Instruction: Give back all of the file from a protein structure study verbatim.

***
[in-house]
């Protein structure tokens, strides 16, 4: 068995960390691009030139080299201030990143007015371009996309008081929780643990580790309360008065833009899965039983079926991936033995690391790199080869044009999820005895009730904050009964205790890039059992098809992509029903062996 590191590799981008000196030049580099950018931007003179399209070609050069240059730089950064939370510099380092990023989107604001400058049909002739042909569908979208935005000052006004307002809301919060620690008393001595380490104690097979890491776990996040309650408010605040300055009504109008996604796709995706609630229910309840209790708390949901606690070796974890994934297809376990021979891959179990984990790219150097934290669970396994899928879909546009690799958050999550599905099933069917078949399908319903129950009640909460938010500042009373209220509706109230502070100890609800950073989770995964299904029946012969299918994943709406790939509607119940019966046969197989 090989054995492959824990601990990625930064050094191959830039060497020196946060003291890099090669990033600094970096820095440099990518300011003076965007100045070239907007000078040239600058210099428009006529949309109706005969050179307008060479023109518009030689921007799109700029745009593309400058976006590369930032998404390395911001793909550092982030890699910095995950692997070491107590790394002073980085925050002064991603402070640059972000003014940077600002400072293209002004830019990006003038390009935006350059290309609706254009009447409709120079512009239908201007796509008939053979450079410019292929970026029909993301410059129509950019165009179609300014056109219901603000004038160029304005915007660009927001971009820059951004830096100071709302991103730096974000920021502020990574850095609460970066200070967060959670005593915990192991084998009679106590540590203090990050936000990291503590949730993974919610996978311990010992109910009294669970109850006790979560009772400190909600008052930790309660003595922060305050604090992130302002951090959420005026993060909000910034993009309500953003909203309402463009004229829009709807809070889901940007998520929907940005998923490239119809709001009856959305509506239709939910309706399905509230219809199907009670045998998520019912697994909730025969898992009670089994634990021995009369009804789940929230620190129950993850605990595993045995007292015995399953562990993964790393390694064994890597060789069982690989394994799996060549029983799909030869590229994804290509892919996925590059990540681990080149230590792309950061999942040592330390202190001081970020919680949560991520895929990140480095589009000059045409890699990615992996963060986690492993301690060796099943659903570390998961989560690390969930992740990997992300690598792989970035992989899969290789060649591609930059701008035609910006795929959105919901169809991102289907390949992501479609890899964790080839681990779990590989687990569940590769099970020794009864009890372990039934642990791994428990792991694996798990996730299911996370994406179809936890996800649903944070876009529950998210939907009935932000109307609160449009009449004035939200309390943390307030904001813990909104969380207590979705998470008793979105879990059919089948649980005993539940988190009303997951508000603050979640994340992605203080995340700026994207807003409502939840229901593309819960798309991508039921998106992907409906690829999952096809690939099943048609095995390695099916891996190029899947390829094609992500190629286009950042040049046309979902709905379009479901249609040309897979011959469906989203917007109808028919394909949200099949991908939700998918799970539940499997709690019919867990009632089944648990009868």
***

[in-house]
């Protein structure tokens, strides 16, 4: 068995960390691009030139080299201030990143007015371009996309008081929780643990580790309360008065833009899965039983079926991936033995690391790199080869044009999820005895009730904050009964205790890039059992098809992509029903062996 590191590799981008000196030049580099950018931007003179399209070609050069240059730089950064939370510099380092990023989107604001400058049909002739042909569908979208935005000052006004307002809301919060620690008393001595380490104690097979890491776990996040309650408010605040300055009504109008996604796709995706609630229910309840209790708390949901606690070796974890994934297809376990021979891959179990984990790219150097934290669970396994899928879909546009690799958050999550599905099933069917078949399908319903129950009640909460938010500042009373209220509706109230502070100890609800950073989770995964299904029946012969299918994943709406790939509607119940019966046969197989 090989054995492959824990601990990625930064050094191959830039060497020196946060003291890099090669990033600094970096820095440099990518300011003076965007100045070239907007000078040239600058210099428009006529949309109706005969050179307008060479023109518009030689921007799109700029745009593309400058976006590369930032998404390395911001793909550092982030890699910095995950692997070491107590790394002073980085925050002064991603402070640059972000003014940077600002400072293209002004830019990006003038390009935006350059290309609706254009009447409709120079512009239908201007796509008939053979450079410019292929970026029909993301410059129509950019165009179609300014056109219901603000004038160029304005915007660009927001971009820059951004830096100071709302991103730096974000920021502020990574850095609460970066200070967060959670005593915990192991084998009679106590540590203090990050936000990291503590949730993974919610996978311990010992109910009294669970109850006790979560009772400190909600008052930790309660003595922060305050604090992130302002951090959420005026993060909000910034993009309500953003909203309402463009004229829009709807809070889901940007998520929907940005998923490239119809709001009856959305509506239709939910309706399905509230219809199907009670045998998520019912697994909730025969898992009670089994634990021995009369009804789940929230620190129950993850605990595993045995007292015995399953562990993964790393390694064994890597060789069982690989394994799996060549029983799909030869590229994804290509892919996925590059990540681990080149230590792309950061999942040592330390202190001081970020919680949560991520895929990140480095589009000059045409890699990615992996963060986690492993301690060796099943659903570390998961989560690390969930992740990997992300690598792989970035992989899969290789060649591609930059701008035609910006795929959105919901169809991102289907390949992501479609890899964790080839681990779990590989687990569940590769099970020794009864009890372990039934642990791994428990792991694996798990996730299911996370994406179809936890996800649903944070876009529950998210939907009935932000109307609160449009009449004035939200309390943390307030904001813990909104969380207590979705998470008793979105879990059919089948649980005993539940988190009303997951508000603050979640994340992605203080995340700026994207807003409502939840229901593309819960798309991508039921998106992907409906690829999952096809690939099943048609095995390695099916891996190029899947390829094609992500190629286009950042040049046309979902709905379009479901249609040309897979011959469906989203917007109808028919394909949200099949991908939700998918799970539940499997709690019919867990009632089944648990009868």